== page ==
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Nickel Price Spike Hasn’t Hit Top Producer’s Market Positions, Operations, Tsingshan Chairman Says
Qi Qi
DATE:  Mar 09 2022
/ SOURCE:  Yicai
Nickel Price Spike Hasn’t Hit Top Producer’s Market Positions, Operations, Tsingshan Chairman Says Nickel Price Spike Hasn’t Hit Top Producer’s Market Positions, Operations, Tsingshan Chairman Says

(Yicai Global) March 9 -- The chairman of Tsingshan Holding Group, the world’s second-largest nickel producer, said this week’s sky-rocketing prices of the metal have not impacted the Chinese firm’s operations or positions in the futures market.

“Our positions and operations don’t have any problems,” Xiang Guangda, who is also the Wenshou-based company’s founder, told Yicai Global yesterday. “Tsingshan is an excellent Chinese enterprise.”

Market speculation has it that Tsingshan has a short position of about 200,000 tons of nickel, which it cannot deliver due to a lack of spot product after being assailed and squeezed out by US and European commodity futures giants such as Glencore, China Securities Journal reported yesterday.

That could either result in a huge loss for Tsingshan or the sale of a more than 60 percent stake in the company’s Indonesian nickel mine and interest in its industrial park in the southeast Asian country, the report said.

Overseas market players have made “some moves,” Xiang said, driving up nickel prices in the last two days. Tsingshan is in touch with relevant parties and has the support of Chinese government departments and leaders, he added.

Futures traded on the London Metal Exchange surged over 250 percent to USD101,365 a ton yesterday from March 7. The LME halted trading of the metal yesterday and announced that it is unable to deliver on spot nickel contracts scheduled for March 9. Shanghai’s most-traded nickel futures contract soared to CNY228,810 (USD36,235) a ton the same day, and trading is suspended today.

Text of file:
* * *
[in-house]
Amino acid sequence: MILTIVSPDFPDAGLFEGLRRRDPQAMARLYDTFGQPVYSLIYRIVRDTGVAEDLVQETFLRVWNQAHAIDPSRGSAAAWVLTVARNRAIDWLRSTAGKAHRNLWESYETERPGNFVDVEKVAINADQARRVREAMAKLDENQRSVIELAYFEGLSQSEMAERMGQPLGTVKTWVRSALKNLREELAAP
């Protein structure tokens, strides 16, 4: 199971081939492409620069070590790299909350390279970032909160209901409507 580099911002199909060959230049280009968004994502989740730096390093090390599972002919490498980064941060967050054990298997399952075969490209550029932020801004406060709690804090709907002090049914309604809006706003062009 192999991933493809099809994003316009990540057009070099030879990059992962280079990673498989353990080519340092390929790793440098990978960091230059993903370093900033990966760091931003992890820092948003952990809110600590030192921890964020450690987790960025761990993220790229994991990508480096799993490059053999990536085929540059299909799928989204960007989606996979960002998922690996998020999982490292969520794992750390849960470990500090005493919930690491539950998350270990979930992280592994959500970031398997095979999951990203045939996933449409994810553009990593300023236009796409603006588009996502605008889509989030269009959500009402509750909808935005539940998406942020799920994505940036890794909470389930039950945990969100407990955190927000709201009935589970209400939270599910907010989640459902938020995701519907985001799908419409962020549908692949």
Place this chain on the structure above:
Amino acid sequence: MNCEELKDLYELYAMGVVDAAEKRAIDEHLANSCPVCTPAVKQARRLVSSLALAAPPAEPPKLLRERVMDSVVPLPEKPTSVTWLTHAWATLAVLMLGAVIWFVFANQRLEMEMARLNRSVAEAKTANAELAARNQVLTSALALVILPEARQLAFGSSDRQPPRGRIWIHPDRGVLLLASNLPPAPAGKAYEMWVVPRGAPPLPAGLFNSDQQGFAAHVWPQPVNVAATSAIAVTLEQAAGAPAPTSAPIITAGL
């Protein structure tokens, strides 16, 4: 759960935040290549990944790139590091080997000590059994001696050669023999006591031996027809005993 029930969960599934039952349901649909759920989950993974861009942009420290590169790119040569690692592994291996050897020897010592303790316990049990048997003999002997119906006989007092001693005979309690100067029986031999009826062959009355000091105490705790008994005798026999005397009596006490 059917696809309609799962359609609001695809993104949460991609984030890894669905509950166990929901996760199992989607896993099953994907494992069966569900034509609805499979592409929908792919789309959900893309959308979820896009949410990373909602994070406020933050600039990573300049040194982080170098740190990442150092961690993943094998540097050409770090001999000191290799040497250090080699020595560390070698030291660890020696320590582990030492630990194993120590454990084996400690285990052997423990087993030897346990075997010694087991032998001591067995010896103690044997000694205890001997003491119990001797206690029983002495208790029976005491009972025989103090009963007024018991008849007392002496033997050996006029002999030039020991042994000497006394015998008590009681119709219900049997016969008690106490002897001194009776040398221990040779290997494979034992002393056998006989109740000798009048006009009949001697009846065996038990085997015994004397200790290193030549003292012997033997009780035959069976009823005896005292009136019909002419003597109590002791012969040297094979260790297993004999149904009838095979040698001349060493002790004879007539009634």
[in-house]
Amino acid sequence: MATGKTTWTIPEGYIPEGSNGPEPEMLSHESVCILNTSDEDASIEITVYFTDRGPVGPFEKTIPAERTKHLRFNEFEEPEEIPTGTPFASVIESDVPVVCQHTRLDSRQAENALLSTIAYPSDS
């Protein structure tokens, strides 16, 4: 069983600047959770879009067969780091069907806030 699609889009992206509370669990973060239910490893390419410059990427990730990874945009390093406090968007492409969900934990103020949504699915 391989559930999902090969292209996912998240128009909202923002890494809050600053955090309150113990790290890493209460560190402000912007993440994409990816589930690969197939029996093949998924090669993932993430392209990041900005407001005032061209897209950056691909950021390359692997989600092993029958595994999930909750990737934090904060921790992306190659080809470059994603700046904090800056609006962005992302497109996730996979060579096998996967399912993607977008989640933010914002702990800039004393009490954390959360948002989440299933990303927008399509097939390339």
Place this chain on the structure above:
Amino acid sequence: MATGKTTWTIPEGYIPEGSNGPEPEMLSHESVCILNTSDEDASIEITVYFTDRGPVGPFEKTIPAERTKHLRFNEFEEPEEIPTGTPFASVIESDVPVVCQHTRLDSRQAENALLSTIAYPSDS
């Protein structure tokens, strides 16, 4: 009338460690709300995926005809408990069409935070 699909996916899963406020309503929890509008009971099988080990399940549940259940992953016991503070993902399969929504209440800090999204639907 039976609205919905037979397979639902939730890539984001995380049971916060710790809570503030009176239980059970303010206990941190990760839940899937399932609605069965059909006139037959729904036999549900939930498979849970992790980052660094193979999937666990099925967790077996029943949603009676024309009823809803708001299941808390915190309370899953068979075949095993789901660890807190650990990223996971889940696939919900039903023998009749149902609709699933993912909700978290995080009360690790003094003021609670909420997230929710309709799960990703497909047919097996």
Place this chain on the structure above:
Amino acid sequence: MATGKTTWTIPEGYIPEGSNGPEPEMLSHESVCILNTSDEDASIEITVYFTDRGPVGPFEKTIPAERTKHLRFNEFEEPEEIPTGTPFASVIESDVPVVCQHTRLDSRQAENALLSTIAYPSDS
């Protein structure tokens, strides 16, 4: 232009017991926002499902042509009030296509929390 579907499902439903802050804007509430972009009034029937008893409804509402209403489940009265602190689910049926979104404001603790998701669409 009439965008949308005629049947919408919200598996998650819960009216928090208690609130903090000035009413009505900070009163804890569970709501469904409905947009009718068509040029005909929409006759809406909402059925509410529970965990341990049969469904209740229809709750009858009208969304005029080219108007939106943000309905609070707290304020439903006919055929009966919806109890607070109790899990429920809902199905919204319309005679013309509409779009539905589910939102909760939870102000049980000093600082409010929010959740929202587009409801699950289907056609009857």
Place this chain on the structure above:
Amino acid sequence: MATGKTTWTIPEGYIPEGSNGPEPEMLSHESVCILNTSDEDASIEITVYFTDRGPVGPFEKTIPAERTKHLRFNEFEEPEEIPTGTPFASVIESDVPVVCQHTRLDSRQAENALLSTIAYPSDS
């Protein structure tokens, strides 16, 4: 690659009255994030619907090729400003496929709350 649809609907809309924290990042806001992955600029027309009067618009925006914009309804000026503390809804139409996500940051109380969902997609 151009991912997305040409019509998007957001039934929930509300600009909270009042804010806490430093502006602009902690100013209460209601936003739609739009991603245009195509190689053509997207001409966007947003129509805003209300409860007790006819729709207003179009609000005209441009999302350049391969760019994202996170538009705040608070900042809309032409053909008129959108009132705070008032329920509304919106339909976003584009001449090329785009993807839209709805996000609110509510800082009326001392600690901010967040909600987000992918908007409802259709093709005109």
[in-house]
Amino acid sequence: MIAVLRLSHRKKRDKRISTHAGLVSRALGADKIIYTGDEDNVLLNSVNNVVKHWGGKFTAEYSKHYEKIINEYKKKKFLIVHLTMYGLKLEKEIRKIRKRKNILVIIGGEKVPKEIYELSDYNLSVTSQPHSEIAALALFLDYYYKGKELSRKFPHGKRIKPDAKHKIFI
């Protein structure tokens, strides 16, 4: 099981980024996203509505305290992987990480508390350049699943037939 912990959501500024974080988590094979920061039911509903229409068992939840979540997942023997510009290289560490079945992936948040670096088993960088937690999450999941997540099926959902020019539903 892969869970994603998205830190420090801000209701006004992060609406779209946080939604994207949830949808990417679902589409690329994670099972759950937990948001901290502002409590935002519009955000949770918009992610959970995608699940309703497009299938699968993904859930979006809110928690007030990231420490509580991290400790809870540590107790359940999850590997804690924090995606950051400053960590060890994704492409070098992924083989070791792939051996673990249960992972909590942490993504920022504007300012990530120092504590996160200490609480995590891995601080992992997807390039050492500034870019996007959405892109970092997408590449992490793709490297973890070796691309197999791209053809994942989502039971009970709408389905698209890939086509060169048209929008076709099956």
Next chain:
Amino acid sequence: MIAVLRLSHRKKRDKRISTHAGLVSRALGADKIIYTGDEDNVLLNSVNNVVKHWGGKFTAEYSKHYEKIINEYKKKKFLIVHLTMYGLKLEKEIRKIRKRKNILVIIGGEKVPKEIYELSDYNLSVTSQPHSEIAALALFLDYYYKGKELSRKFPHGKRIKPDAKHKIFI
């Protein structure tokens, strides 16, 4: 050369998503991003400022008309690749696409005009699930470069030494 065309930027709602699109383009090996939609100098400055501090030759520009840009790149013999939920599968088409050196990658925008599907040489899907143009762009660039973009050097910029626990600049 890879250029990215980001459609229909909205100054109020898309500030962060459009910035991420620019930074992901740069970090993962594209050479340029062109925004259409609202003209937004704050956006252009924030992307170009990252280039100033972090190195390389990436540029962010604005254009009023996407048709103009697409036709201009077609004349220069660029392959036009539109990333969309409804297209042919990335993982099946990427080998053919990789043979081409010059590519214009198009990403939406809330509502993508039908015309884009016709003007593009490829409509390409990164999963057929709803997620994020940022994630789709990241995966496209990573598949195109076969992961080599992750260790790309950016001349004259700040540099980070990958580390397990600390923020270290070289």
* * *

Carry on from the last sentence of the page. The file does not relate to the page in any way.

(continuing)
Tsingshan needs to increase the contract margins or roll over the futures if it decides to keep the contracts, which would require a huge amount of cash, an analyst told Yicai Global. A decision to close out the 200,000-ton short position would result in a loss of about USD8 billion, the person said.

Inability to deliver the products was a big problem for Tsingshan, the analyst added, noting that the company has nickel iron, stainless steel, and nickel matte but no electrolytic nickel, which is the type traded on the LME. Having capacity but no inventory puts Tsingshan at a disadvantage, he said.

The product to deliver with LME nickel contracts is cathode nickel containing at least 99.8 percent nickel, in accordance with the American Society for Testing and Materials' specifications. This type is different from the mainstream ferro-nickel and nickel pig iron.

Tsingshan mostly makes stainless steel that is used in the petroleum, chemicals, auto, and other fields. It can produce 1.8 million tons of nickel alloy and its mine in Indonesia has an annual capacity of over 3.5 million tons.

Editors: Zhang Yushuo, Futura Costaglione

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Keywords:   Qingshan Holding Group,Nickel,Futures Contract